Dr Rommel A. Curaming

rommel.curaming@ubd.edu.bn

Senior Assistant Professor, Faculty of Arts and Social Sciences



               

Dr. Rommel Curaming is Senior Assistant Professor of History and International Studies Programme, University of Brunei Darussalam. He obtained a PhD in Southeast Asian Studies from the Australian National University (ANU). He also did masteral studies at the National University of Singapore (NUS) and University of the Philippines (UP-Diliman). Before joining University of Brunei Darussalam (UBD), he was a postdoctoral fellow at the National University of Singapore (NUS) and La Trobe University. He has published articles and book reviews in international journals such as Critical Asian Studies, Time and Society, Sojourn, Philippine Studies, South East Asia Research, Southeast Asian Studies, Suvannabhumi, among other journals. His research interests include history and memory of political violence, comparative history and historiography, history and popular culture, politics of knowledge production and consumption, heritage-making, place-making, Filipino Malayness, state-scholar relations, pol-ethics of scholarship, postcolonial theory and decoloniliality movement. The empirical areas of his research are mainly Islands Southeast Asia, particularly Indonesia and the Philippines.

EDUCATION

PhD in Southeast Asian Studies Australian National University (ANU),
MA in Southeast Asian Studies National University of Singapore (NUS)
MA in Asian Studies University of the Philippines (UP)-Diliman
Bachelor of Sec. Education University of the Philippines (UP)- Diliman Philippines

RESEARCH INTERESTS

Comparative history and historiography of Southeast Asia, History and memory of political violence in Indonesia and the Philippines, Heritage-making in the Philippines, State-scholar relations in Indonesia and the Philippines, Postcolonialism, poststructuralism and decoloniality movement, Politics of knowledge production and consumption in Southeast Asia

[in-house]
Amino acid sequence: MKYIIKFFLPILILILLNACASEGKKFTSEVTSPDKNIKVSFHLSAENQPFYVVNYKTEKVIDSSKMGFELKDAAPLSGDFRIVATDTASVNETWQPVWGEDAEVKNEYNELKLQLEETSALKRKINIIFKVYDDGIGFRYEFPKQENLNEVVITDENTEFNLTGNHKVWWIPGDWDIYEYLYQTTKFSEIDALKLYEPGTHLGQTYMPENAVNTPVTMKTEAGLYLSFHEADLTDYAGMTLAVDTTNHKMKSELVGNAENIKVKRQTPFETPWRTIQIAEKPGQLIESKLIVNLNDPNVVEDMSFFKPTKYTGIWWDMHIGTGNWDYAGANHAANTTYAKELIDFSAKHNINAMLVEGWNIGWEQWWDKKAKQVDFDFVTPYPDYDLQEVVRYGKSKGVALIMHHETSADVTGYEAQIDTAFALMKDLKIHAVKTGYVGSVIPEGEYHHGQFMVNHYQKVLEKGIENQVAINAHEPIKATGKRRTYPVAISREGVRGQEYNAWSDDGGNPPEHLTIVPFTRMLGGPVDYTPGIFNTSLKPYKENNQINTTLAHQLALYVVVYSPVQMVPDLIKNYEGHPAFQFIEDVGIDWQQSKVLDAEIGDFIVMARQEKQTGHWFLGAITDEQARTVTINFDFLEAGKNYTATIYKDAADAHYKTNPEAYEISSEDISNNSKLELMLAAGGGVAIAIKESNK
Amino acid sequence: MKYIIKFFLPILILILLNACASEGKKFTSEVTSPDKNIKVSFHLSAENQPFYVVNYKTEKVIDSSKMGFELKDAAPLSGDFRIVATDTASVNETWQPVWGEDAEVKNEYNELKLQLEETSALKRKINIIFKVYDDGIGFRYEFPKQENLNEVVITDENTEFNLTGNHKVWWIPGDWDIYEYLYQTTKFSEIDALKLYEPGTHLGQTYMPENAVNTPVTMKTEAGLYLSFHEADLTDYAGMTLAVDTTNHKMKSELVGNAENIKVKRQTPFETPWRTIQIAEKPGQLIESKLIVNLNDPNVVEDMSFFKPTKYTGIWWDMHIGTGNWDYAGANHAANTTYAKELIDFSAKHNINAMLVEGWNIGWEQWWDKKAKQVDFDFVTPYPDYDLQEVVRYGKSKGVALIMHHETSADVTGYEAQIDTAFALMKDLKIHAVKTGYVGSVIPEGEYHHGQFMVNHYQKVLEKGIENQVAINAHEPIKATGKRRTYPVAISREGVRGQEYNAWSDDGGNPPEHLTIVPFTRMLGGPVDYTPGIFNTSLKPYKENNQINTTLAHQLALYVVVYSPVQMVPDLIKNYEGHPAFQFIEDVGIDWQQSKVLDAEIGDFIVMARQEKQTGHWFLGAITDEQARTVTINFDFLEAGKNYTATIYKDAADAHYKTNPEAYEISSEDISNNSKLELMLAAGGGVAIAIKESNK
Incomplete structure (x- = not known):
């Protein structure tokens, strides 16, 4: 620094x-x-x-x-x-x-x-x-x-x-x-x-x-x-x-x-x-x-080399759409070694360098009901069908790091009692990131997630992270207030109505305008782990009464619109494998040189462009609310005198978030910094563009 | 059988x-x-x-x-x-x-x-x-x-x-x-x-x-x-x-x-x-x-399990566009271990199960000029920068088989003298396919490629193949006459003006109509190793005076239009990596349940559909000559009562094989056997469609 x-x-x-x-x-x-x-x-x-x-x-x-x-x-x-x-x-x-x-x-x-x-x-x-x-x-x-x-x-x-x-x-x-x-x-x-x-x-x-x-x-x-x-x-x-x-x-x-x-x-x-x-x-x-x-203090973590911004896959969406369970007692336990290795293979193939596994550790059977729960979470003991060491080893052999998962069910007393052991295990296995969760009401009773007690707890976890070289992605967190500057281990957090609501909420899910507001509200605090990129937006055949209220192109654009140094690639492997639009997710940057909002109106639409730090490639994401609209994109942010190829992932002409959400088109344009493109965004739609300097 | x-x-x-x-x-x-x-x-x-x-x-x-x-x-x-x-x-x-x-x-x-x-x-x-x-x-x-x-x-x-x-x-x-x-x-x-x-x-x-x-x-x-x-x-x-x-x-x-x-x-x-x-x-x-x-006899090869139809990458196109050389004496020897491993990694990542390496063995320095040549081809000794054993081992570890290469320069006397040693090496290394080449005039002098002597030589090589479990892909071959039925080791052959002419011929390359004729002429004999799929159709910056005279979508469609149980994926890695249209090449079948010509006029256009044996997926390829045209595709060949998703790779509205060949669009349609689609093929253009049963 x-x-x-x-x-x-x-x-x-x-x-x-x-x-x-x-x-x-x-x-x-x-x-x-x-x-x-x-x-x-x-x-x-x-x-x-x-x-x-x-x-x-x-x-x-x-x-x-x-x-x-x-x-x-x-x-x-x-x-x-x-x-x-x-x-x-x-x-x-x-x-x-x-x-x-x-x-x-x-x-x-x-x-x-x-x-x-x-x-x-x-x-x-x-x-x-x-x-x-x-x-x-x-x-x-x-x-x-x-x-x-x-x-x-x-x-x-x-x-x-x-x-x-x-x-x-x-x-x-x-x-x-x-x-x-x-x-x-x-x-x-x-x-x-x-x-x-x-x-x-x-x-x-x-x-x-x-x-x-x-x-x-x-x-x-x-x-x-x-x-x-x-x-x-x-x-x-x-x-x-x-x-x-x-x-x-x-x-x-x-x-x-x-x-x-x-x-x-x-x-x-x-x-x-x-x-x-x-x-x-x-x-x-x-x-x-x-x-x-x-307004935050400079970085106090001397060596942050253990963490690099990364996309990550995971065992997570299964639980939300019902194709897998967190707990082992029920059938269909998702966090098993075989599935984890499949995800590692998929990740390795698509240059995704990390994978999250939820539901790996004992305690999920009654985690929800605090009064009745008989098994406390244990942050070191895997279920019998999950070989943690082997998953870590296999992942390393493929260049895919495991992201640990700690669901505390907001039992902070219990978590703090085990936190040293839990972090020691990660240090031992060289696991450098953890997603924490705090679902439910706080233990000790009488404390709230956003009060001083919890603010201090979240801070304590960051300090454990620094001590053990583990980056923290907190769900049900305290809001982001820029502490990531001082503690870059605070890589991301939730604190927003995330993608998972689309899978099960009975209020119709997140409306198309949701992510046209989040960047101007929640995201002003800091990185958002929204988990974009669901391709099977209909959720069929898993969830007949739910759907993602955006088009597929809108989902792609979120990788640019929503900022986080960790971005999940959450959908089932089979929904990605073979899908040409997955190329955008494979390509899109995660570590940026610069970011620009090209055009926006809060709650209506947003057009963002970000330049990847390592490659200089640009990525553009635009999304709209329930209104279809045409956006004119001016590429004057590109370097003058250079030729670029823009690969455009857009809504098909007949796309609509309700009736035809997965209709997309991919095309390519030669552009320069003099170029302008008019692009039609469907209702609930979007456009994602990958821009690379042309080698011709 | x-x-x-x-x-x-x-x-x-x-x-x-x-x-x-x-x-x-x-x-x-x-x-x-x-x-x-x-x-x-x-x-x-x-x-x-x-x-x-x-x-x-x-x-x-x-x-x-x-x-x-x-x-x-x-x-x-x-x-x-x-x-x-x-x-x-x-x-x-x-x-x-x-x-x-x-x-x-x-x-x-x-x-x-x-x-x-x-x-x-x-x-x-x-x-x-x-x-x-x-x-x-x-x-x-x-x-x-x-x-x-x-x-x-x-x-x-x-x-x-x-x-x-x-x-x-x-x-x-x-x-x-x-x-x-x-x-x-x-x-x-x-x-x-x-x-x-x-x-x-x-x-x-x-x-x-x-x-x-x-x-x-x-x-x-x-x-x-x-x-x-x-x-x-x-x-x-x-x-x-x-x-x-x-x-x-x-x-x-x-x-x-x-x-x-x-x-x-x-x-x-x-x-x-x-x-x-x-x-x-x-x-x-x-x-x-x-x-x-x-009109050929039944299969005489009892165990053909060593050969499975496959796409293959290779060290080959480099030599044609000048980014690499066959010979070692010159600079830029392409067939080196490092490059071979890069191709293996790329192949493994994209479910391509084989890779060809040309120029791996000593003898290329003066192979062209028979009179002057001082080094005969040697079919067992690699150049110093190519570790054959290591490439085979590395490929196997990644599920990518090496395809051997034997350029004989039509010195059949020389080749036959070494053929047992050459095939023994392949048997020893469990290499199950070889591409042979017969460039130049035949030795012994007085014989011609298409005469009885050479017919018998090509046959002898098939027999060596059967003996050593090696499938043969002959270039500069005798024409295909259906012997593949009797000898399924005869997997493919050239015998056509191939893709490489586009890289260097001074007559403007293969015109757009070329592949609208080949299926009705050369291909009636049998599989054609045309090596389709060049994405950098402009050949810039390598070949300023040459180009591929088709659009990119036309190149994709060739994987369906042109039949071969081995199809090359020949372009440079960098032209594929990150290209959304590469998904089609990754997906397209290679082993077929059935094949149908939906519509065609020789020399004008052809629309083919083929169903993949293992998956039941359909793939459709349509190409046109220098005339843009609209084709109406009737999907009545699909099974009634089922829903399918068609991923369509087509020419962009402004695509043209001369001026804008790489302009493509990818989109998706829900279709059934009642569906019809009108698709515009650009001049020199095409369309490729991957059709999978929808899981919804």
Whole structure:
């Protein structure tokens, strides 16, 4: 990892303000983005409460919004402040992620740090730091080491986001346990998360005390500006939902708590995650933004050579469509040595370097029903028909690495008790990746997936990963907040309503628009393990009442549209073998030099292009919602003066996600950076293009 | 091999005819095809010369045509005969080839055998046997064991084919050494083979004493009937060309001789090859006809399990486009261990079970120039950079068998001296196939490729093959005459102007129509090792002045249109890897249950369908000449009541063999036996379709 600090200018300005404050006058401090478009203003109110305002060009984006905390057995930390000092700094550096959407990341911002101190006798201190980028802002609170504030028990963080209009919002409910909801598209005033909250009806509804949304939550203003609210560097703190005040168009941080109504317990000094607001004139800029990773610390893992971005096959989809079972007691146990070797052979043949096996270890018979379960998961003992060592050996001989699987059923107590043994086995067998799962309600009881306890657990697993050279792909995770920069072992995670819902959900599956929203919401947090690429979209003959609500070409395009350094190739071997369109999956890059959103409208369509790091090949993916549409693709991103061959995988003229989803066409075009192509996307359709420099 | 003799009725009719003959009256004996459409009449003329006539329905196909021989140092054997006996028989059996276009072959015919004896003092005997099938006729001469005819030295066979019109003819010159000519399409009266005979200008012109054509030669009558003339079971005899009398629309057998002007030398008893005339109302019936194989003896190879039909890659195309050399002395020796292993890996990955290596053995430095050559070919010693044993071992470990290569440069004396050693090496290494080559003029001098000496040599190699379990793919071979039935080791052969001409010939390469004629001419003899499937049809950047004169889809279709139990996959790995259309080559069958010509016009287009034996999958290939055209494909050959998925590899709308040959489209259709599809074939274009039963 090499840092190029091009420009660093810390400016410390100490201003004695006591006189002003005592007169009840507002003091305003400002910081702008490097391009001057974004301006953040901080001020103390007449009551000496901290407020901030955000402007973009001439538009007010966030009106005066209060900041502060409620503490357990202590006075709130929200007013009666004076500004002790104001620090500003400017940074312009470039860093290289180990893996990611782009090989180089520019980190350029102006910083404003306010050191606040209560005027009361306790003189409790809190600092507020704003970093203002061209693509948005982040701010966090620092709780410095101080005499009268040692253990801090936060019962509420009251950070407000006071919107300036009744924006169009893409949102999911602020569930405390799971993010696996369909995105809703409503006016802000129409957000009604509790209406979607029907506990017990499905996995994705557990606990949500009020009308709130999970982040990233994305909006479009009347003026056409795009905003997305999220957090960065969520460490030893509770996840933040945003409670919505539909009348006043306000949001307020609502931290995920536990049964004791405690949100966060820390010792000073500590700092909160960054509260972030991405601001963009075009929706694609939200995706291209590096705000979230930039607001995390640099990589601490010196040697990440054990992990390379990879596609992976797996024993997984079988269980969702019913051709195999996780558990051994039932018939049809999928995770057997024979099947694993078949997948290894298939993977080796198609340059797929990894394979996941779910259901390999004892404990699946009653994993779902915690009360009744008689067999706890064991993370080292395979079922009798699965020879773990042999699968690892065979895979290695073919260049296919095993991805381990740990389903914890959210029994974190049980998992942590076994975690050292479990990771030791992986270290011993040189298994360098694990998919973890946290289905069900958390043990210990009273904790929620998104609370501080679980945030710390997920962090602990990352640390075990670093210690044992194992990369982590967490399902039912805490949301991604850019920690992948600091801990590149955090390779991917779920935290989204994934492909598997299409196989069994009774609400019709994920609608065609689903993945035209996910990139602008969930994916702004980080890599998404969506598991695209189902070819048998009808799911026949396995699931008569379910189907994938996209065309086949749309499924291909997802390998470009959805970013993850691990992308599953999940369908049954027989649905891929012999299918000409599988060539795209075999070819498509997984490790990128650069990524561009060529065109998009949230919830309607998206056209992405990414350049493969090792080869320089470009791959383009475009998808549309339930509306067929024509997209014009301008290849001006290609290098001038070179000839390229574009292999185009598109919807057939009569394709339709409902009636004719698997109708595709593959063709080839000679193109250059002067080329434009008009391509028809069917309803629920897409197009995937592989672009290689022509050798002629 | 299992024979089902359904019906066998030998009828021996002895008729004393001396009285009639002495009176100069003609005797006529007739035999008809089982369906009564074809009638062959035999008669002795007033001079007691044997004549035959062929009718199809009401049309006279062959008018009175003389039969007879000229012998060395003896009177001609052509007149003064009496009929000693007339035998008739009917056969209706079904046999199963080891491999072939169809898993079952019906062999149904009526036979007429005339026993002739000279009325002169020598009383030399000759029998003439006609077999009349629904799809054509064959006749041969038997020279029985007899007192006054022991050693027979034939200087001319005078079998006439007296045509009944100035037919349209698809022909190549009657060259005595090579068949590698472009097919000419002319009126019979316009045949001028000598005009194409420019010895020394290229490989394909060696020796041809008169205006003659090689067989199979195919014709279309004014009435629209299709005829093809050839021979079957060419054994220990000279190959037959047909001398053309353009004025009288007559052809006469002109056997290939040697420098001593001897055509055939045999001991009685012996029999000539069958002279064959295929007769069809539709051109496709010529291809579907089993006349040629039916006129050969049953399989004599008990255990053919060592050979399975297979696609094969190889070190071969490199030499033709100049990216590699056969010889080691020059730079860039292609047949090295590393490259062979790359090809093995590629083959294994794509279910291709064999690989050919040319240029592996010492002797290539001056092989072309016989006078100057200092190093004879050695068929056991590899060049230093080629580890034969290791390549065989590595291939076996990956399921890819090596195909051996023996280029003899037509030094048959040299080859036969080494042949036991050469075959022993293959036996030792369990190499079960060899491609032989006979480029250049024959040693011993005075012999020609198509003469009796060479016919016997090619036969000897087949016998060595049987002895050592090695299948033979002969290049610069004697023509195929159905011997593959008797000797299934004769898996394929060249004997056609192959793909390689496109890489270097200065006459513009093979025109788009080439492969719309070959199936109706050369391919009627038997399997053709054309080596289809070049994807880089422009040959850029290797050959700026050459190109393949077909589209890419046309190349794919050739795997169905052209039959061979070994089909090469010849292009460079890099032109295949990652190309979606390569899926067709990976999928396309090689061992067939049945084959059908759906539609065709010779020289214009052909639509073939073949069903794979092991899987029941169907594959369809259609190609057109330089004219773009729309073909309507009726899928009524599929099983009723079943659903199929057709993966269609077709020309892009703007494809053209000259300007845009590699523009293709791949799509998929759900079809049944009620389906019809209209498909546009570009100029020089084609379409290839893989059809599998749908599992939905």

FUTURE PROJECTS

Knowledge Politics and Southeast Asia: Re-orienting Progressive Scholarship

Using a range of cases drawn from the analysis of knowledge production and consumption in and on Southeast Asia, this book illustrates the various ways scholarship may be simultaneously and fundamentally political. It builds upon, and extends, the arguments developed in my recently published book Power and Knowledge in Southeast Asia: State and Scholars in Indonesia and the Philippines (Curaming 2020, Routledge). By underscoring the power of scholars and scholarship, rather than their supposed neutral or antithetical relationship with politics, this proposed book argues for the need to re-orient progressive scholarship away from the usual intellectualist critique, towards the mapping out of the power relations that underpin knowledge production and actual consumption. The reason for this lies in the need to lessen the chance of scholarship, including progressive ones, being misused by the already powerful and jeopardize in the process the interests of the unsuspecting public. This alternative approach entails pushing, rather than taming, the logic of the analysis of power/knowledge to its conclusion. That is, regardless of empirical accuracy, theoretical salience, analytic cogency and methodological soundness, a scholarly output is enabled, validated, perceived and used within the matrices of power relations, which include the field of scholarship itself. Thus, it cannot but be politically implicated and must be taken and analysed as such. and it is just the question of whose politics it supports: leftist, rightists, centrist, or itself.


Applications Invited

The Historical is Political: The Jabidah Massacre in/as History, Memory and Heritage